The important findings of the present study are the discrimination of the AT1 receptor antagonist and the ACE inhibitor in relation to qualitative changes in the MHC isoform composition of vascular SMC in the SHR aortic tunica media. In this study, there was little intimal thickening in the vehicle SHR group (Figure 2⇑). Furthermore, a 6-week treatment with either EN or FK induced similar significant decreases in systolic blood pressure, but only FK induced a significant downregulation of NMHC expression in the aortic tunica media in SHR (Table⇑, Figure 4⇑). In contrast, the cellular SM-MHC content in SMC of the aortic tunica media did not change in response to the drug treatment in SHR. These results indicate that Ang II might play an important role in generating high blood pressure without SMC proliferation in SHR aortas. In addition, the inhibition of the renin-angiotensin system by the AT1 receptor antagonist for 6 weeks could result in a relative increase in the cellular contents of the contractile type of MHC isoforms by preventing the expression of the synthetic type of MHC isoforms of vascular SMC in SHR aortic tunica media. The effects of FK seen in SHR were not observed in WKY. These results suggest that the AT1 receptor antagonist might induce a greater phenotypic modulation of aortic SMC than the ACE inhibitor. This modulation by the AT1 receptor antagonist causes the aortic SMC to be more like the contractile type than the synthetic type of SMC, and no morphological changes occur in the SHR during the 6 weeks of treatment.
Several mechanisms might be responsible for the differences in the effects of FK and EN on the NMHC isoform expression of SMC in SHR aortic tunica media. There could be a difference in the inhibitory effects of both FK and EN on the local renin-angiotensin system in the vascular wall.11 In addition, there may be a difference between the blocking actions of FK and EN on the AT1 receptor in aortic SMC. The mitogenic effects of Ang II on vascular SMC depend on the ratio of AT1 to AT2 receptors. In addition, most of the known functional effects of Ang II (vascular SMC proliferation and migration) are mediated by the AT1 receptors, whereas the stimulation of the AT2 receptor inhibits cell growth.10 20 It has been suggested that the lack of AT2 receptors in vascular SMC of SHR might be partly responsible for the increased growth of vascular SMC and vascular remodeling through the AT1 receptors in SHR.21 Furthermore, Sabri et al22 have also suggested that in Ang II–induced hypertension, changes in vascular SMC phenotypes are triggered primarily through the AT1 receptors. In addition, kinin metabolism, including nitric oxide and prostaglandins and other systems,11 might be involved in the difference in action between FK and EN on the NMHC isoform expression of SMC in SHR aortic tunica media.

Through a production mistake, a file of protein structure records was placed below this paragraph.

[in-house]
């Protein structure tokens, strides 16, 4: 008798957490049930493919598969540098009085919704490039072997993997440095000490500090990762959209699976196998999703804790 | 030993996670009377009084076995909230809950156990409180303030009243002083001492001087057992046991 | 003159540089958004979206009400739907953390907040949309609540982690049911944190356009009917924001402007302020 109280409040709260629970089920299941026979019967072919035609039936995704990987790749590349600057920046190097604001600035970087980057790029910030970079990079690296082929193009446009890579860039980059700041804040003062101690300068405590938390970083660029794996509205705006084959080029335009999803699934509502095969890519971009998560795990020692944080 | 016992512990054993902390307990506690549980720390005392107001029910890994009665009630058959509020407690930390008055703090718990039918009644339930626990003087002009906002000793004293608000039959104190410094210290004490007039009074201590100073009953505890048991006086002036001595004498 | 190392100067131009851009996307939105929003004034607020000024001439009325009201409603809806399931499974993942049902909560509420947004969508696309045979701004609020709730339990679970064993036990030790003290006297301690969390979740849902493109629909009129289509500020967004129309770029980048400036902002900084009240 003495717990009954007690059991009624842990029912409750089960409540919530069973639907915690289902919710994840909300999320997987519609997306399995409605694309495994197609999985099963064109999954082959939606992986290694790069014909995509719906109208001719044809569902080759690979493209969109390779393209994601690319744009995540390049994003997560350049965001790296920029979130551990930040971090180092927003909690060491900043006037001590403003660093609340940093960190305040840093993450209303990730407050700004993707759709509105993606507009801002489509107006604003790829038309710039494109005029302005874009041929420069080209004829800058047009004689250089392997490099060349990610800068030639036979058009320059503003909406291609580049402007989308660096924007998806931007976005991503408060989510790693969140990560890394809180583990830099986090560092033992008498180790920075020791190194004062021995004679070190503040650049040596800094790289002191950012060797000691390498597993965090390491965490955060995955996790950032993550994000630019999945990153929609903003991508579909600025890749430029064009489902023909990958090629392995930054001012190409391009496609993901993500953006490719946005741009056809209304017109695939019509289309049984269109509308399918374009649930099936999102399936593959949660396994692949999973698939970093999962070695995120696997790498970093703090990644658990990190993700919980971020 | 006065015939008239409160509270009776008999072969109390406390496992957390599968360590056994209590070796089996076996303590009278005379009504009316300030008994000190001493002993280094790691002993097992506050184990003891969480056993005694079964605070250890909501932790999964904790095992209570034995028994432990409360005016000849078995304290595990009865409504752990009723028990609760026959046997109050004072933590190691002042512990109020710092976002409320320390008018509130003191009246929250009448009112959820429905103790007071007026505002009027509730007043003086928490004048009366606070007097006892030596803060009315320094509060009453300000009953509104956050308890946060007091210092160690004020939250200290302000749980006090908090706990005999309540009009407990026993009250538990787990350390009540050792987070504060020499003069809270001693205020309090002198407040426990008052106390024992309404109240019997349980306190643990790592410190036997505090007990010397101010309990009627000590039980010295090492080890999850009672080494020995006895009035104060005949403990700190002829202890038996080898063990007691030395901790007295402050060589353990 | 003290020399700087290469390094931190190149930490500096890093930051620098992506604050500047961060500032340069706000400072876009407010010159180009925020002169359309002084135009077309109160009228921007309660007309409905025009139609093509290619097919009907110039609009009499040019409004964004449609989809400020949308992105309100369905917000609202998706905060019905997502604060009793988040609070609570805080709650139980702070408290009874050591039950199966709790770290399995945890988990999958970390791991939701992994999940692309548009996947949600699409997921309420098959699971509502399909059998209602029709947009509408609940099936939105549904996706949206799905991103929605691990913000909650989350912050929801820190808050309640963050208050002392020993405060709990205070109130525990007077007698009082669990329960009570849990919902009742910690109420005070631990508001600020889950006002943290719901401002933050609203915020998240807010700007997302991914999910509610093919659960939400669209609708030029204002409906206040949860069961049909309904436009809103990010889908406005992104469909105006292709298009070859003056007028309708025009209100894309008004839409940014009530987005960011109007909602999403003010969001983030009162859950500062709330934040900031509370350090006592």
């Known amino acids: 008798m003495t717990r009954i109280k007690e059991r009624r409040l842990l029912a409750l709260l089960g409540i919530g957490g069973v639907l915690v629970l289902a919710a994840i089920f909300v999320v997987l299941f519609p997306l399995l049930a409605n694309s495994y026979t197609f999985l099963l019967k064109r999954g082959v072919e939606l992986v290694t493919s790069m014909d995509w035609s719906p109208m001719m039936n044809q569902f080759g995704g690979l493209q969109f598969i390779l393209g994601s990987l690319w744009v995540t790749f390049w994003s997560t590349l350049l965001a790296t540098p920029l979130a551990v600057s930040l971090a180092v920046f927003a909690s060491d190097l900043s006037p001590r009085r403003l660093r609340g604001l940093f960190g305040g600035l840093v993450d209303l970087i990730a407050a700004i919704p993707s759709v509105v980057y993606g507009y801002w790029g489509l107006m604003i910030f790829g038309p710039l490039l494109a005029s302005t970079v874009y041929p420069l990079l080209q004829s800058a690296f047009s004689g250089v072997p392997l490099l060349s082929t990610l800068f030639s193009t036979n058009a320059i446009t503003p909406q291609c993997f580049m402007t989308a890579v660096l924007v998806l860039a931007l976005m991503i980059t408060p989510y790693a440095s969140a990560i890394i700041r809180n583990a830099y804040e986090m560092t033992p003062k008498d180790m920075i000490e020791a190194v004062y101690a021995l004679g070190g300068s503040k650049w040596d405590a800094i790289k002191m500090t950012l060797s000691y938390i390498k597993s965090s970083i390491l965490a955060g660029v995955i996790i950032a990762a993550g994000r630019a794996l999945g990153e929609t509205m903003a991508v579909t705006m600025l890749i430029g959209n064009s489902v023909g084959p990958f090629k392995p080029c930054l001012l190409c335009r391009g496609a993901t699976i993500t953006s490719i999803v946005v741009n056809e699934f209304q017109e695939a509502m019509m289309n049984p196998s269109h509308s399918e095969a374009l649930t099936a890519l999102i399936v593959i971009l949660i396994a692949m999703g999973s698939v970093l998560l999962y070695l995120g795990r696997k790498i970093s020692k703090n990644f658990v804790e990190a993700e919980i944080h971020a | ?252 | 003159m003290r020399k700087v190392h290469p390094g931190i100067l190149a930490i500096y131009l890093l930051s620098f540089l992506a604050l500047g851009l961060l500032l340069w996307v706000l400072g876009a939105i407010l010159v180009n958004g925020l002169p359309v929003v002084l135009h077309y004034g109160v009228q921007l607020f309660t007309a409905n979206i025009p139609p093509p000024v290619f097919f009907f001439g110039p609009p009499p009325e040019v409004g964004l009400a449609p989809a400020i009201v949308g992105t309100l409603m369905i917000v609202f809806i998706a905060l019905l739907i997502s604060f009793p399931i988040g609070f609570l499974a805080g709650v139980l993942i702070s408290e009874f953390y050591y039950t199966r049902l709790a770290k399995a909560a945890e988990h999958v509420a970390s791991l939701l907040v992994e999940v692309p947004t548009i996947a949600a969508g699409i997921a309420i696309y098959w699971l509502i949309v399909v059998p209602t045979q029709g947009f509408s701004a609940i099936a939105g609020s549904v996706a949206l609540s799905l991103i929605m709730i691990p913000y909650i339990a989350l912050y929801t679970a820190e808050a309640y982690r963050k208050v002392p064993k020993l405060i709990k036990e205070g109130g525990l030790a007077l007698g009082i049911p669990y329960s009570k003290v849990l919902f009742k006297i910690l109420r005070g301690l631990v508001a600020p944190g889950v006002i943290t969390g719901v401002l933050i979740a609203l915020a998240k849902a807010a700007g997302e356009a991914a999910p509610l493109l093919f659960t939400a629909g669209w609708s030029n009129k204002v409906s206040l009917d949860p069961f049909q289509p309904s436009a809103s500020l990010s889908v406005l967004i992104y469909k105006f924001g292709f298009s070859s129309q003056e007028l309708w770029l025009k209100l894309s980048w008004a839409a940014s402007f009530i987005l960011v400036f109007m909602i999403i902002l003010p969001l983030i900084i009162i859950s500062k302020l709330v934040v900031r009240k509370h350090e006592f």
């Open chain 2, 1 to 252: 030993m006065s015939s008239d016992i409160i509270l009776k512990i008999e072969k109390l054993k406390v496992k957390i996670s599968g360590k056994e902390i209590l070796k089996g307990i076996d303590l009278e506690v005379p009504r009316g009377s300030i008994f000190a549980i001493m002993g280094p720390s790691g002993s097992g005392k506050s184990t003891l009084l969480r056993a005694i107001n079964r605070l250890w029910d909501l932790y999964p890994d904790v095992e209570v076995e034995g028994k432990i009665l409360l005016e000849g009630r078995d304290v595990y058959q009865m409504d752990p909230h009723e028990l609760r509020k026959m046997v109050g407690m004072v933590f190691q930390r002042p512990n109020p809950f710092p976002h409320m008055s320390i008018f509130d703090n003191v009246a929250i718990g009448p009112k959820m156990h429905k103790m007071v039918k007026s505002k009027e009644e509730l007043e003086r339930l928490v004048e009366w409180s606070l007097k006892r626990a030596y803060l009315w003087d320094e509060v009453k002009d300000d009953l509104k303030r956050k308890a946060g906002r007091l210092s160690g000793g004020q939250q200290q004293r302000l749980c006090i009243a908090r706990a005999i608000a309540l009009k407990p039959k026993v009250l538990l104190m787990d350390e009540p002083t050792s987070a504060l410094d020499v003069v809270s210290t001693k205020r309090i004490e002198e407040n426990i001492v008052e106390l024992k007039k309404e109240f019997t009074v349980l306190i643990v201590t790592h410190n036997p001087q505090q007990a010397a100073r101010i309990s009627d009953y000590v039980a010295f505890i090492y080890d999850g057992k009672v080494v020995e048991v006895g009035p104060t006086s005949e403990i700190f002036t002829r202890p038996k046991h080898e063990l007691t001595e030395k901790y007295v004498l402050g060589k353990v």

Moreover, it has been reported that SMC that express NMHC isoforms can form connective tissue molecules in the aorta,3 and the downregulation of NMHC-B inhibits vascular SMC proliferation.23 In addition, in a study by Albaladejo et al,24 aortic collagen content was observed to be significantly lower in SHR treated with the ACE inhibitor quinapril for 12 weeks. In our study, fractional cross-sectional aortic fibrosis as assessed by Azan staining in SHR treated for 6 weeks with either FK or EN remained basically unchanged compared with the vehicle SHR. The 6-week treatment of SHR with either FK or EN was shorter than that described previously,24 and it is possible that the treatment was not long enough to prevent aortic fibrosis in SHR.